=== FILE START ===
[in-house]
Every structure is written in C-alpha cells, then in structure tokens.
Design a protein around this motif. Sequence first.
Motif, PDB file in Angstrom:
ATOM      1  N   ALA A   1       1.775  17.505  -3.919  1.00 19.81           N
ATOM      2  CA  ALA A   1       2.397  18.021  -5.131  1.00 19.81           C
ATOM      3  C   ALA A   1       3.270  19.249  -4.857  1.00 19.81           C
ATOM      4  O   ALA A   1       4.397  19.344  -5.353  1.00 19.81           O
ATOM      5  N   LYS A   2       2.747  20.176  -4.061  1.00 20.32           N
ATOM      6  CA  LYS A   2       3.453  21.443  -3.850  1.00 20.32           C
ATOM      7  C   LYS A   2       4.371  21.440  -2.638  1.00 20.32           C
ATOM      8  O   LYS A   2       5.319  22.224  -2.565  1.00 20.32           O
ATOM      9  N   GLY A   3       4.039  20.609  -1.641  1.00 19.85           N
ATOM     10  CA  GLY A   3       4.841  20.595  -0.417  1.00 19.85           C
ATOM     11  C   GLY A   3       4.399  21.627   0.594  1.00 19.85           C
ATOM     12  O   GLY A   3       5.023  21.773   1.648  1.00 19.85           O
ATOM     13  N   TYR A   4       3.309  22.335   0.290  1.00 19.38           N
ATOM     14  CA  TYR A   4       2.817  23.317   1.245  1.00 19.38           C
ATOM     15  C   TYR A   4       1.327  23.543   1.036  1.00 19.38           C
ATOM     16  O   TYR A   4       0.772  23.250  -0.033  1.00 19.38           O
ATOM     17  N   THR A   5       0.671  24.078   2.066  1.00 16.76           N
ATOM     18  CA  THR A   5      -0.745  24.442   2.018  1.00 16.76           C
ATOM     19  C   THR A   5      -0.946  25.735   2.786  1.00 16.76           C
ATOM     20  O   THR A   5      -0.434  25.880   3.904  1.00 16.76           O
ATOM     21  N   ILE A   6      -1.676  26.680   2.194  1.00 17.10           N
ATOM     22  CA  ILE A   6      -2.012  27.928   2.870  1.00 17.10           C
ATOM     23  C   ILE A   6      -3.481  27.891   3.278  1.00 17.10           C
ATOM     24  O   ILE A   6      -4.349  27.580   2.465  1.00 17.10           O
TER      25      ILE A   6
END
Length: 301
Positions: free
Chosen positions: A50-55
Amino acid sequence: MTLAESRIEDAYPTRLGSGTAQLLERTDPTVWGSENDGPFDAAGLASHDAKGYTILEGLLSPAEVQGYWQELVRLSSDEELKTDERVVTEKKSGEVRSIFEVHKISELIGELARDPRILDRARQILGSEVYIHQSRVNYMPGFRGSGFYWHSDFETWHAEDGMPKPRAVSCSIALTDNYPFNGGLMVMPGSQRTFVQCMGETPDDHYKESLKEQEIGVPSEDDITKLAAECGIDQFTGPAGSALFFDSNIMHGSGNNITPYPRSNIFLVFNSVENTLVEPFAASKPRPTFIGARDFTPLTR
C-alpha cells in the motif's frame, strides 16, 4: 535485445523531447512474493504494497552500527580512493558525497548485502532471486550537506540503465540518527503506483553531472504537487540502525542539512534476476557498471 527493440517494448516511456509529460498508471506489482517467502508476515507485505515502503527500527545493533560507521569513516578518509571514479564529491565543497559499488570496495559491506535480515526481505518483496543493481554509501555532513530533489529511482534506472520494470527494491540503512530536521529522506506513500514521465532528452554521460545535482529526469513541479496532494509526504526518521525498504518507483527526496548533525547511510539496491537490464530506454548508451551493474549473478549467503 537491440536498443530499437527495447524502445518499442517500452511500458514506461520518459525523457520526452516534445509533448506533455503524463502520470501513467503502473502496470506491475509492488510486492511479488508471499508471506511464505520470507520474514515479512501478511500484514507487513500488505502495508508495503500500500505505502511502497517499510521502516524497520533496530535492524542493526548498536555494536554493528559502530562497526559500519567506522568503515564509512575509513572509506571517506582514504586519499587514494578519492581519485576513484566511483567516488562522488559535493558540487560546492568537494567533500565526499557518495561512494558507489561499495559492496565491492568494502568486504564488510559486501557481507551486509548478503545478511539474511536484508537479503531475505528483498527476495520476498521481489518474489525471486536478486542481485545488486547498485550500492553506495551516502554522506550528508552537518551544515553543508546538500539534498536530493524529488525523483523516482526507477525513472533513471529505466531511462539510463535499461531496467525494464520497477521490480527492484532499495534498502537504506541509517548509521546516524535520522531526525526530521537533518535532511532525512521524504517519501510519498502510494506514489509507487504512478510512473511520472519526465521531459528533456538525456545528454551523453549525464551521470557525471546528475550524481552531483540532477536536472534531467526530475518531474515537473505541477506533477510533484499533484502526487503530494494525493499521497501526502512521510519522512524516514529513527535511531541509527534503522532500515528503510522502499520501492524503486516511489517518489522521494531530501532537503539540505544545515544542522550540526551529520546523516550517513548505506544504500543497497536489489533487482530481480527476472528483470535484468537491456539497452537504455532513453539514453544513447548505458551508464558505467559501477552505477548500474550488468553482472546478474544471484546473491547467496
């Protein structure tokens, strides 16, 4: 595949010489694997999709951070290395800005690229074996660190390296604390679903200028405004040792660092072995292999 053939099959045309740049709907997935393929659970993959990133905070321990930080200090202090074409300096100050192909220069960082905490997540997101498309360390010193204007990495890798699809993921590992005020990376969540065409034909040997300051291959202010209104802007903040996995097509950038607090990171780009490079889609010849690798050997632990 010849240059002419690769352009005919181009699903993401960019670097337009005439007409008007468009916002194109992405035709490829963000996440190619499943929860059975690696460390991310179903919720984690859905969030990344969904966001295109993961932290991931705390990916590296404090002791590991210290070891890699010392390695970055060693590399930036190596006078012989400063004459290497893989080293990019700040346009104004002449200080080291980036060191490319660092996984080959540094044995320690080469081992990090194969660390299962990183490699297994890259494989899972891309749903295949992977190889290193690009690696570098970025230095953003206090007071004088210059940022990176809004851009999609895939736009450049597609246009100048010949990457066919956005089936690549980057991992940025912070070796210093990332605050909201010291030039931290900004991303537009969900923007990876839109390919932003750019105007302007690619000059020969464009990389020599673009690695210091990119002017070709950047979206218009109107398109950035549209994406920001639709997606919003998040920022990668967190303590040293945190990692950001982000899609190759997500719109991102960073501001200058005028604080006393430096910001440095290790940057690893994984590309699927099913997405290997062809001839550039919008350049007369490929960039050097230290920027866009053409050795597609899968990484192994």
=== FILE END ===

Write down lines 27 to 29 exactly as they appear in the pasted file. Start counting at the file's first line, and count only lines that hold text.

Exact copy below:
ATOM     23  C   ILE A   6      -3.481  27.891   3.278  1.00 17.10           C
ATOM     24  O   ILE A   6      -4.349  27.580   2.465  1.00 17.10           O
TER      25      ILE A   6